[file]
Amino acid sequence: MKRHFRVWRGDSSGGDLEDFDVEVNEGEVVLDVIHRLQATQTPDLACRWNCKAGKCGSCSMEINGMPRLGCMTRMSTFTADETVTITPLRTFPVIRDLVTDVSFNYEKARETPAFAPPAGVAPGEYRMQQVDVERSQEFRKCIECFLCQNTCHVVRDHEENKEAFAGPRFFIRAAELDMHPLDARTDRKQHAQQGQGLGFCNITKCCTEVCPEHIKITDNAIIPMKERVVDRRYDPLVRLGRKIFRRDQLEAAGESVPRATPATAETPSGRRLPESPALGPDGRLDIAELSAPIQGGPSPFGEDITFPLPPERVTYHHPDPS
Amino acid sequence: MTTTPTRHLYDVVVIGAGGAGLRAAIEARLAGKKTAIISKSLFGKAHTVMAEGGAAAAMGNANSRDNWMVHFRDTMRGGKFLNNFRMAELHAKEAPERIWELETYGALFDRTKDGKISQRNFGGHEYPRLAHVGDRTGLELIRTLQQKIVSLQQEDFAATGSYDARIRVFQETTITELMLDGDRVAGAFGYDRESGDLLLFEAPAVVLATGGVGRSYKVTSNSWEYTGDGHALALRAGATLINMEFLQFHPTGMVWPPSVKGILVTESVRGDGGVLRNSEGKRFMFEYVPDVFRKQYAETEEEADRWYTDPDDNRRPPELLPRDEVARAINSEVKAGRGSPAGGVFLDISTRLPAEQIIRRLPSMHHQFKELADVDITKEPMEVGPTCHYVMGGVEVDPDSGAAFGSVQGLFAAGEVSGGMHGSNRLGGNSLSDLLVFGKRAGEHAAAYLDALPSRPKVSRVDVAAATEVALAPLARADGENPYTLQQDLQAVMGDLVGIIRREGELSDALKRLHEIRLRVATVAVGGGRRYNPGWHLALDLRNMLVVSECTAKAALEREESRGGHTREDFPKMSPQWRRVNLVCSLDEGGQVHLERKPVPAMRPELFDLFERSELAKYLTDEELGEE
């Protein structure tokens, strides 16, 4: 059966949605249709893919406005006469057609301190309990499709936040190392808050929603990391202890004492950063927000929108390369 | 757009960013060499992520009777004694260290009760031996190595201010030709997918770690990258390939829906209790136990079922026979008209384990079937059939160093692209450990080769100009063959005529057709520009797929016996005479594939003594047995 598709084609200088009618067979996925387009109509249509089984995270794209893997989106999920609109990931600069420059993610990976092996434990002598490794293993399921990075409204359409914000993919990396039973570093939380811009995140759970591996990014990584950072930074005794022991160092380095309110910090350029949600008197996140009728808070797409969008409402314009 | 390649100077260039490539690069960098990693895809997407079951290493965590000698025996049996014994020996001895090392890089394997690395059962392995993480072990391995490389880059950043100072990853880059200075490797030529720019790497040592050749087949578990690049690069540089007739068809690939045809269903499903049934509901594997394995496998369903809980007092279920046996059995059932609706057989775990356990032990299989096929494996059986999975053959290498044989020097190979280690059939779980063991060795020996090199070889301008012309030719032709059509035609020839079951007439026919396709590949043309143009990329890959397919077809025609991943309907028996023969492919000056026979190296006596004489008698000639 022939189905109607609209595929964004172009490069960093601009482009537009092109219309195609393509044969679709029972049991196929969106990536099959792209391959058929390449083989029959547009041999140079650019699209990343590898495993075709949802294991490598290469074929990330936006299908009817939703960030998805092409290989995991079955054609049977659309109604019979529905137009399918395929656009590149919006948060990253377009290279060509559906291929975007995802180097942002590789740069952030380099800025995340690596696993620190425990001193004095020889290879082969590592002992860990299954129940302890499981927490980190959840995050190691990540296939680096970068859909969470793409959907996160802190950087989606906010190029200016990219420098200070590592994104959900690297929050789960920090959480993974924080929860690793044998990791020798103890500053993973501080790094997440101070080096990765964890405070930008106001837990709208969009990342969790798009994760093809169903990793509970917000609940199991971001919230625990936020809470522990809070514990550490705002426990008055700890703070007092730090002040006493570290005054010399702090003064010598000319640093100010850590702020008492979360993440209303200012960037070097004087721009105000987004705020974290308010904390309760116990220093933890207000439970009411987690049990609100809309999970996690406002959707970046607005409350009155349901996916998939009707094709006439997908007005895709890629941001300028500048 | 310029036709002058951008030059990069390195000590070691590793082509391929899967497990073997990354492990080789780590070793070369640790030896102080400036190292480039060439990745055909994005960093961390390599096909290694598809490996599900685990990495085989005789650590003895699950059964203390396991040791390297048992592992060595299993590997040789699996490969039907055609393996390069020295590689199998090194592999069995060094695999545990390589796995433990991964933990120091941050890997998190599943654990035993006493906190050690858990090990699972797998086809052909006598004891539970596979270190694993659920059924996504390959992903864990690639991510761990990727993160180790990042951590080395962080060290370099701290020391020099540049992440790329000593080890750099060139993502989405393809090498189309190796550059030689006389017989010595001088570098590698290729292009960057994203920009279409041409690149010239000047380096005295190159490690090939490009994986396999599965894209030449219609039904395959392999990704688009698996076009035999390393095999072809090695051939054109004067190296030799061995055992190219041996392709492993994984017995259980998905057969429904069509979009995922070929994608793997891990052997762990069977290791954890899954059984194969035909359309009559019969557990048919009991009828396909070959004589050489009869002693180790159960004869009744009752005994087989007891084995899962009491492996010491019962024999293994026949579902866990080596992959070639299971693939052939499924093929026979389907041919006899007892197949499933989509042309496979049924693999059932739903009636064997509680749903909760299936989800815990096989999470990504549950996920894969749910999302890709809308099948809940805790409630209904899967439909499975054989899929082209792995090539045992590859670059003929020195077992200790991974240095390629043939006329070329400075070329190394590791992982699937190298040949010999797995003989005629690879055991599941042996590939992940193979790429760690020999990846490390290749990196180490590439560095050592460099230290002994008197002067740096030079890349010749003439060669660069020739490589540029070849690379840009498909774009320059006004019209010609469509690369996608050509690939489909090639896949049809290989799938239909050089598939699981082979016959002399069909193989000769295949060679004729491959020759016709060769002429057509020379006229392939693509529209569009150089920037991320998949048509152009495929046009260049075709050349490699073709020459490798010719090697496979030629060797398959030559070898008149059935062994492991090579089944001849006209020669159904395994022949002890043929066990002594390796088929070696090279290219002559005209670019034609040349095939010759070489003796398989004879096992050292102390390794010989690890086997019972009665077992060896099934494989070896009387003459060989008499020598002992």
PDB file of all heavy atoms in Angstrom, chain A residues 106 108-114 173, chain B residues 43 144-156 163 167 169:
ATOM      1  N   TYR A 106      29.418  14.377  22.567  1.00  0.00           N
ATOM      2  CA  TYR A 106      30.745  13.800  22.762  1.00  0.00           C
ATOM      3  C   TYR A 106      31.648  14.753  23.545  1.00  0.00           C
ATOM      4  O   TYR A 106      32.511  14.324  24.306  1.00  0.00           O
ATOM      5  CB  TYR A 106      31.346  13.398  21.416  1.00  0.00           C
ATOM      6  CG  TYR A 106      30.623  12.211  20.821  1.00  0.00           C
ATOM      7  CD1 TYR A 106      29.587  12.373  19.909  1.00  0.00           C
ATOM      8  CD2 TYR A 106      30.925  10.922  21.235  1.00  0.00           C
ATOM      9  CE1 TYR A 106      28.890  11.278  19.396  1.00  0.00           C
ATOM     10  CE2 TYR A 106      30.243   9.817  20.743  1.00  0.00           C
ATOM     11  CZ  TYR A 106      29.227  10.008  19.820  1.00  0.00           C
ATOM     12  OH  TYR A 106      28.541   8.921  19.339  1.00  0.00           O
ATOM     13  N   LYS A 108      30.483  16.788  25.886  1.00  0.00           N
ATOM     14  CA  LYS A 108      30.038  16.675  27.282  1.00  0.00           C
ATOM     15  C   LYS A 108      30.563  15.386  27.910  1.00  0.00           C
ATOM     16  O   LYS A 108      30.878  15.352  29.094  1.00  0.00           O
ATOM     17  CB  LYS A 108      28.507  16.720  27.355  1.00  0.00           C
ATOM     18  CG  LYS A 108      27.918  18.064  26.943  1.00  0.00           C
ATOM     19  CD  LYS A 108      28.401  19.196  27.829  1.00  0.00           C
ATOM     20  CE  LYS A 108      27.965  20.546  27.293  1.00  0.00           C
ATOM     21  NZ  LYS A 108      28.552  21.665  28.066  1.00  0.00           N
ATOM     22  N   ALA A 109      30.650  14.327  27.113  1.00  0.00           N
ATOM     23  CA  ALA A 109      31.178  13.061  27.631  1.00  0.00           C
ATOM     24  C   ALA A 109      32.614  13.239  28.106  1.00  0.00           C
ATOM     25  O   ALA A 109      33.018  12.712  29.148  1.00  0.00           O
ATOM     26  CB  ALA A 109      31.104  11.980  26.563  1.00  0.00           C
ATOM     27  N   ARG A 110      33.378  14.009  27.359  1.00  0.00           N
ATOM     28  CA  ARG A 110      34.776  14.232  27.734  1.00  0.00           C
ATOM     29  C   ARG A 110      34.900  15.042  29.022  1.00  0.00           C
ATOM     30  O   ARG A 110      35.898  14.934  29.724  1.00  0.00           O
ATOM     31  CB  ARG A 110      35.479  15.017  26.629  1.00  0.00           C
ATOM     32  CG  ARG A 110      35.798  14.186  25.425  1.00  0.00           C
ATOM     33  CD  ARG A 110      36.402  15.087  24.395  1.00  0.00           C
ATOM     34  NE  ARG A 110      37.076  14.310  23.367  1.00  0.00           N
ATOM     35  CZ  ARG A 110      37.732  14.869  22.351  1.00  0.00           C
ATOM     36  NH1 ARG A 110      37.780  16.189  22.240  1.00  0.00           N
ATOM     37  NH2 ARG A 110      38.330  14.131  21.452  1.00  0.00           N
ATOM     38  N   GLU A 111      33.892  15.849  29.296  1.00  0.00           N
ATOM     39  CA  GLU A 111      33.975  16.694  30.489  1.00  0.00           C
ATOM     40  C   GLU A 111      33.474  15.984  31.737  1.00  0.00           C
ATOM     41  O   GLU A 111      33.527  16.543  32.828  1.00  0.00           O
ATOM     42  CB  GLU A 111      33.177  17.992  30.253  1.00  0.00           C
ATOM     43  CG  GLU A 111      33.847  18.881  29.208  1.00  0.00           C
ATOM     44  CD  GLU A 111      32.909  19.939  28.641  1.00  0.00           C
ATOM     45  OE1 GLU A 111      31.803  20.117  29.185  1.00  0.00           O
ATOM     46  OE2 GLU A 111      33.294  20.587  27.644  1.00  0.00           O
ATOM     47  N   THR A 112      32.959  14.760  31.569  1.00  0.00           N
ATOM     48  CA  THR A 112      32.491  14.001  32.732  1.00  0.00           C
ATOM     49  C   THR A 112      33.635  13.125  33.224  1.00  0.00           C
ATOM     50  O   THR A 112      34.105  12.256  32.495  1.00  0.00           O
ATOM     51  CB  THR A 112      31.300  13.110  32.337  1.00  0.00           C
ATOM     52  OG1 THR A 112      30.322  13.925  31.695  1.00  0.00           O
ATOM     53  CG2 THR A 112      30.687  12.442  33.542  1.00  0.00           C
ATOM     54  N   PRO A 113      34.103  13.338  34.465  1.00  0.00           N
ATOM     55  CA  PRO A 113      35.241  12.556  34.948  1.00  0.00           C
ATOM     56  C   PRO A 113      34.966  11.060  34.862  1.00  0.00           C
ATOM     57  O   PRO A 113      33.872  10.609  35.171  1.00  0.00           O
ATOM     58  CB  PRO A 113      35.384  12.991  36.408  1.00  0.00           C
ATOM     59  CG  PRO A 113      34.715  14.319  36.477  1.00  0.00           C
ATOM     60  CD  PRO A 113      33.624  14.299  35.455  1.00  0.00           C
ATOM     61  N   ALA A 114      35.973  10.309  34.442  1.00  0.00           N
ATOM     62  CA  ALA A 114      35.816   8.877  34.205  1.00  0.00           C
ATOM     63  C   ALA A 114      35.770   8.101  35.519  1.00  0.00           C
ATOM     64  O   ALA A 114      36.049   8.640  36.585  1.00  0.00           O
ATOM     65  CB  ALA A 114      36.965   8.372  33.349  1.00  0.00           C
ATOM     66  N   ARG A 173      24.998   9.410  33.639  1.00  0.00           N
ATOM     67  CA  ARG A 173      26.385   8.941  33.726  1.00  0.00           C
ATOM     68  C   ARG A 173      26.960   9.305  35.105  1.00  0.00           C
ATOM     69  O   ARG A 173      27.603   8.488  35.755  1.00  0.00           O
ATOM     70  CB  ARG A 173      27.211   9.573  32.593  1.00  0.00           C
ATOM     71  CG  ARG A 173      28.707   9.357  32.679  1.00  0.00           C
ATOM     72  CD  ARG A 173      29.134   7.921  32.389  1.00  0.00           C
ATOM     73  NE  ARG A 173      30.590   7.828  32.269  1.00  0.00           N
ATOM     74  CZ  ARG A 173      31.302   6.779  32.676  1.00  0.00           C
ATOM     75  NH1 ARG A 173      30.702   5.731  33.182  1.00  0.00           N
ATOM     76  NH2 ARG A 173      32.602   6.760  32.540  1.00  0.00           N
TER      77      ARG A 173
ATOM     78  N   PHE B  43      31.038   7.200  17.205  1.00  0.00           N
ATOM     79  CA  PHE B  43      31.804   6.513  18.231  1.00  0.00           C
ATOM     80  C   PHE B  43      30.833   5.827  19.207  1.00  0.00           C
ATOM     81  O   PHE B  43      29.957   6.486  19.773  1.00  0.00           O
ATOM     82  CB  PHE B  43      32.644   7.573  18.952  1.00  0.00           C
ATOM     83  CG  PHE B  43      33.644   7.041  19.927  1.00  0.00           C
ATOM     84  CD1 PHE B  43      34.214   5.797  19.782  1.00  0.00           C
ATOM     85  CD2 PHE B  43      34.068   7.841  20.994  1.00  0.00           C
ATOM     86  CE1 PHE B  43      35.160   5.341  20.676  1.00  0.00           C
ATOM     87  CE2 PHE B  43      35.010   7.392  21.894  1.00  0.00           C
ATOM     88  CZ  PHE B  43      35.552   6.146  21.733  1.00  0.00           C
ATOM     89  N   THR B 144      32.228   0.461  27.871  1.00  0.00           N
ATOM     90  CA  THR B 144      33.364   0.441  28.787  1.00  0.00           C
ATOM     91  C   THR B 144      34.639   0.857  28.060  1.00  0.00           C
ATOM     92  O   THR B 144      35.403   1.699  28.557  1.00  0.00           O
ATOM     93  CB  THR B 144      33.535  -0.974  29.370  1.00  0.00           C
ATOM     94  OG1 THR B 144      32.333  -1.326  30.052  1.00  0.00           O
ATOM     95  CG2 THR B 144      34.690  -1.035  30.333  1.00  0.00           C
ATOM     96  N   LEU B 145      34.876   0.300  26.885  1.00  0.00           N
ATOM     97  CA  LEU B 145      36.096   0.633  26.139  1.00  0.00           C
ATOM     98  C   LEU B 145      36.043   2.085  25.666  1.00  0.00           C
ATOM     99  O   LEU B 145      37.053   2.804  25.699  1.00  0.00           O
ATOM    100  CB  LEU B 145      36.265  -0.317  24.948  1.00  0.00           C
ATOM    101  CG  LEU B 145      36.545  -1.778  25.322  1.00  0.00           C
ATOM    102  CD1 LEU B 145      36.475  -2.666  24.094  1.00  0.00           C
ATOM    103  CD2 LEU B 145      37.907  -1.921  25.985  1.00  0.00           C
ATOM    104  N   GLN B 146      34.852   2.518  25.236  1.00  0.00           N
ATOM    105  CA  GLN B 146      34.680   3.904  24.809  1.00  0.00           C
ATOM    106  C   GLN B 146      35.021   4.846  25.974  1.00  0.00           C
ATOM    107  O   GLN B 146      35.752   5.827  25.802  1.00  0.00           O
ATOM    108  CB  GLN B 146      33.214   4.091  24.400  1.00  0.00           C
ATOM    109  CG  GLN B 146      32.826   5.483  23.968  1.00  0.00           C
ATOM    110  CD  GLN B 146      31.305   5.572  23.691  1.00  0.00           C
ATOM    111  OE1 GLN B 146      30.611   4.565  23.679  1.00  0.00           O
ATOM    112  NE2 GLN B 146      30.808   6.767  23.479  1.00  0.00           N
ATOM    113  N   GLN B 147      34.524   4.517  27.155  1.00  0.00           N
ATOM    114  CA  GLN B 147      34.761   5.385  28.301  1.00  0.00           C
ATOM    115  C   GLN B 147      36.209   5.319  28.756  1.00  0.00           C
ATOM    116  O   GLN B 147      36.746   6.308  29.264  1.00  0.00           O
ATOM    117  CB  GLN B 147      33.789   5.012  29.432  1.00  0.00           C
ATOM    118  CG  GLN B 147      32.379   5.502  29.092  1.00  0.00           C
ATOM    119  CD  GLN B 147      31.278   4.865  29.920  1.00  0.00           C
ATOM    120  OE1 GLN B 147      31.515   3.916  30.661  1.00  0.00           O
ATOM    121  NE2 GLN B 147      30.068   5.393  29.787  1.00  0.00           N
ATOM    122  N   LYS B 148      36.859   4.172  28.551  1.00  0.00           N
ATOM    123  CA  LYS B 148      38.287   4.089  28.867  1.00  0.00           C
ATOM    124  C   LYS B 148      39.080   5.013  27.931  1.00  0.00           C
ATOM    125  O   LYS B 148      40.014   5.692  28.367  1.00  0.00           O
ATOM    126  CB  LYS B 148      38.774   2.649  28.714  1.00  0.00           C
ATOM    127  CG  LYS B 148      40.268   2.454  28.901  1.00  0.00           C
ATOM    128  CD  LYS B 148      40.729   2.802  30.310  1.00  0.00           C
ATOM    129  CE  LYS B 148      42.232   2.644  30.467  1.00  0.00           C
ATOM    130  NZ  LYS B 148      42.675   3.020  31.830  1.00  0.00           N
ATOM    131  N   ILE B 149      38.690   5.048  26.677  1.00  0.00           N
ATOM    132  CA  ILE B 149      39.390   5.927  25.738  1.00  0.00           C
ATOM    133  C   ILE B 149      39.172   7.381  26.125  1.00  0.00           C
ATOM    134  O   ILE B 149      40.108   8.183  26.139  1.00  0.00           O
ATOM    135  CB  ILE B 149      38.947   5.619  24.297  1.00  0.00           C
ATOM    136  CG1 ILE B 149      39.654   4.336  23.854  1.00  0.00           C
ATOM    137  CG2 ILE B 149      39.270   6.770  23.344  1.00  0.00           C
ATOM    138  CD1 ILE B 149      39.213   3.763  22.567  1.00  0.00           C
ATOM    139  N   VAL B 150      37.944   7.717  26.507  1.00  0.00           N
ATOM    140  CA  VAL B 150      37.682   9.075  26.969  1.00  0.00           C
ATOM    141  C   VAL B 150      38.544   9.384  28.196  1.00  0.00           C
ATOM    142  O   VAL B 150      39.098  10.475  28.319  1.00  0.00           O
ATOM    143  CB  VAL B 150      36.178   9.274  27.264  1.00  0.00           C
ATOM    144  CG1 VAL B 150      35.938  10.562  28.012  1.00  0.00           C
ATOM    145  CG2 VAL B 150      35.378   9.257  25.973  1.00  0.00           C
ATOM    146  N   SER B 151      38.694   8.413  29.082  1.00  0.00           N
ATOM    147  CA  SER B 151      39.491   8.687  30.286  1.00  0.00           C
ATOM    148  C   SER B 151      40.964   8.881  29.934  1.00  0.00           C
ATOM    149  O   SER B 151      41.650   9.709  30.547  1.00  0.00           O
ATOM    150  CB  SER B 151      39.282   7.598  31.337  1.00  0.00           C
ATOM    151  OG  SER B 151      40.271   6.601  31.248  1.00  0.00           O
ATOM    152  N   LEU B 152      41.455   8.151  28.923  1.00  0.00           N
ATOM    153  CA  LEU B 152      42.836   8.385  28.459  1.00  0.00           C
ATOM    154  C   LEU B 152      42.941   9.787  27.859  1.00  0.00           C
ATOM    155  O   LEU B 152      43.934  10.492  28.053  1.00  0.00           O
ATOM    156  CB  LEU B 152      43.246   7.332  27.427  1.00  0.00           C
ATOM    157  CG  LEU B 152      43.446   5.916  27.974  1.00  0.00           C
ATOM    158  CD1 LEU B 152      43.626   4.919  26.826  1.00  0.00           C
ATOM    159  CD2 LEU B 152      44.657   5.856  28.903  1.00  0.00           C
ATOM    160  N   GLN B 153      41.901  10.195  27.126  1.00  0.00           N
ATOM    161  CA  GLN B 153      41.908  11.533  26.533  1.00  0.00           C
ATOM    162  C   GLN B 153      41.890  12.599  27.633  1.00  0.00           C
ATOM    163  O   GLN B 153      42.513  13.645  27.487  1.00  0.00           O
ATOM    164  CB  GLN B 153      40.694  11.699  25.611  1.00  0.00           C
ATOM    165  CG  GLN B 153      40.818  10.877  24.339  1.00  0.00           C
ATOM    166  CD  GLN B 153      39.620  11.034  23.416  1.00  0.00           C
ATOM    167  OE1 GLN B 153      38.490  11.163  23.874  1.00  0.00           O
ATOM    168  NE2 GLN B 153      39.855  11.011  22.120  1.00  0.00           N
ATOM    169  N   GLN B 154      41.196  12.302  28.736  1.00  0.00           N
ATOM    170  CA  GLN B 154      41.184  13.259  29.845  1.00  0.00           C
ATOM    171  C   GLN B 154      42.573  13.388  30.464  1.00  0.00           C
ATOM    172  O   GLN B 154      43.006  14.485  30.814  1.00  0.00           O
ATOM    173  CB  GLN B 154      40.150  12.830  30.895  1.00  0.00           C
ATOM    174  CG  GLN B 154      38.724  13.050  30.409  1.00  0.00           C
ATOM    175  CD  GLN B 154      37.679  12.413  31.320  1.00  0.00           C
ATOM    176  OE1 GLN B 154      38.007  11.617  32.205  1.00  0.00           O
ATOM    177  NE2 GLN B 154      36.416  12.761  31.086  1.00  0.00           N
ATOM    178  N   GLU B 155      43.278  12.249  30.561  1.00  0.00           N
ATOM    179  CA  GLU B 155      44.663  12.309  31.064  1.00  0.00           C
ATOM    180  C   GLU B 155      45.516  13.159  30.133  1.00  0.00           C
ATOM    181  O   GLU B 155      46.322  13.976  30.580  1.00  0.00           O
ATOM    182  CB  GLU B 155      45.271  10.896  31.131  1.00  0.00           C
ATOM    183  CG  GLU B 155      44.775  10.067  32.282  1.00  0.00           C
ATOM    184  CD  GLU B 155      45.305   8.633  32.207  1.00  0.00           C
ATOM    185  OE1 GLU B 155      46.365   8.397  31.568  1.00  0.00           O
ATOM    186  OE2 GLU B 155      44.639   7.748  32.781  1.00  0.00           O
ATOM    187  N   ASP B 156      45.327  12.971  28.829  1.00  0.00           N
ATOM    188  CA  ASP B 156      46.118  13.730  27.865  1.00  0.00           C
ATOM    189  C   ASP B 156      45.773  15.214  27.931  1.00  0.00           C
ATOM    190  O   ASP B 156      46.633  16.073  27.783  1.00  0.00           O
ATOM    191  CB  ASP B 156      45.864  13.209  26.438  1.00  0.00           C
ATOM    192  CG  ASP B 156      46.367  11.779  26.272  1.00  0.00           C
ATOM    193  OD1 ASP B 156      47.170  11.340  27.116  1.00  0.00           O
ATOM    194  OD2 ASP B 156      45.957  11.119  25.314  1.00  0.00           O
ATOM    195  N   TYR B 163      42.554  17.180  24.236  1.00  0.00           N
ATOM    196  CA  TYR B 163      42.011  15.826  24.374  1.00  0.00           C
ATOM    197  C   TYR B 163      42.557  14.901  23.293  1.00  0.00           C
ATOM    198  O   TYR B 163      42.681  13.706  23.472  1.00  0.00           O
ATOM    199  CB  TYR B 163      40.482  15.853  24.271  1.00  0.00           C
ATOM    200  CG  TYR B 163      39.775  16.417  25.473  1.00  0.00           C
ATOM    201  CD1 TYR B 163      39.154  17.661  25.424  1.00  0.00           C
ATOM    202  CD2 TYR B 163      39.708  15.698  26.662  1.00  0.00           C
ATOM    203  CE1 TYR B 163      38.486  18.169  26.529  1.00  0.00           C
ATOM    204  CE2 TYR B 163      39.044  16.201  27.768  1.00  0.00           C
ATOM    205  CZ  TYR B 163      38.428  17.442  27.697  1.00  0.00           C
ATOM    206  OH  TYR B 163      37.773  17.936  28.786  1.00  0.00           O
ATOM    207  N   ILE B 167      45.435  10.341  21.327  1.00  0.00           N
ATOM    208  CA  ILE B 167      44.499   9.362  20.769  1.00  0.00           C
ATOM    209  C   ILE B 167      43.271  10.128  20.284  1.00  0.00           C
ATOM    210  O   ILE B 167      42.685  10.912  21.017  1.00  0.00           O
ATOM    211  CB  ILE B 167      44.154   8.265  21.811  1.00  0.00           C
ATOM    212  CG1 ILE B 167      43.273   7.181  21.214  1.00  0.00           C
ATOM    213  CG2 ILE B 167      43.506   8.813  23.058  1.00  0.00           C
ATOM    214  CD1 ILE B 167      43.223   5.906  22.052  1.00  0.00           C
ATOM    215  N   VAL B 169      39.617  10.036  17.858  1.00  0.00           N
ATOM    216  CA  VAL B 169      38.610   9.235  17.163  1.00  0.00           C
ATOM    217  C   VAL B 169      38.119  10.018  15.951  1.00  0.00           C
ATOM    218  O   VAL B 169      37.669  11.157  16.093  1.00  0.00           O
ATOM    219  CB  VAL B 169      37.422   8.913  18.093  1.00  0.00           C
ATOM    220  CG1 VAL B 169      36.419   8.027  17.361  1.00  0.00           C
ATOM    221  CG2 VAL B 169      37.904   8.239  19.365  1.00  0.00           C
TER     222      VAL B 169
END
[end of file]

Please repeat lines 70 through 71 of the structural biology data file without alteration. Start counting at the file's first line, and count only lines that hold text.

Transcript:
ATOM     66  N   ARG A 173      24.998   9.410  33.639  1.00  0.00           N
ATOM     67  CA  ARG A 173      26.385   8.941  33.726  1.00  0.00           C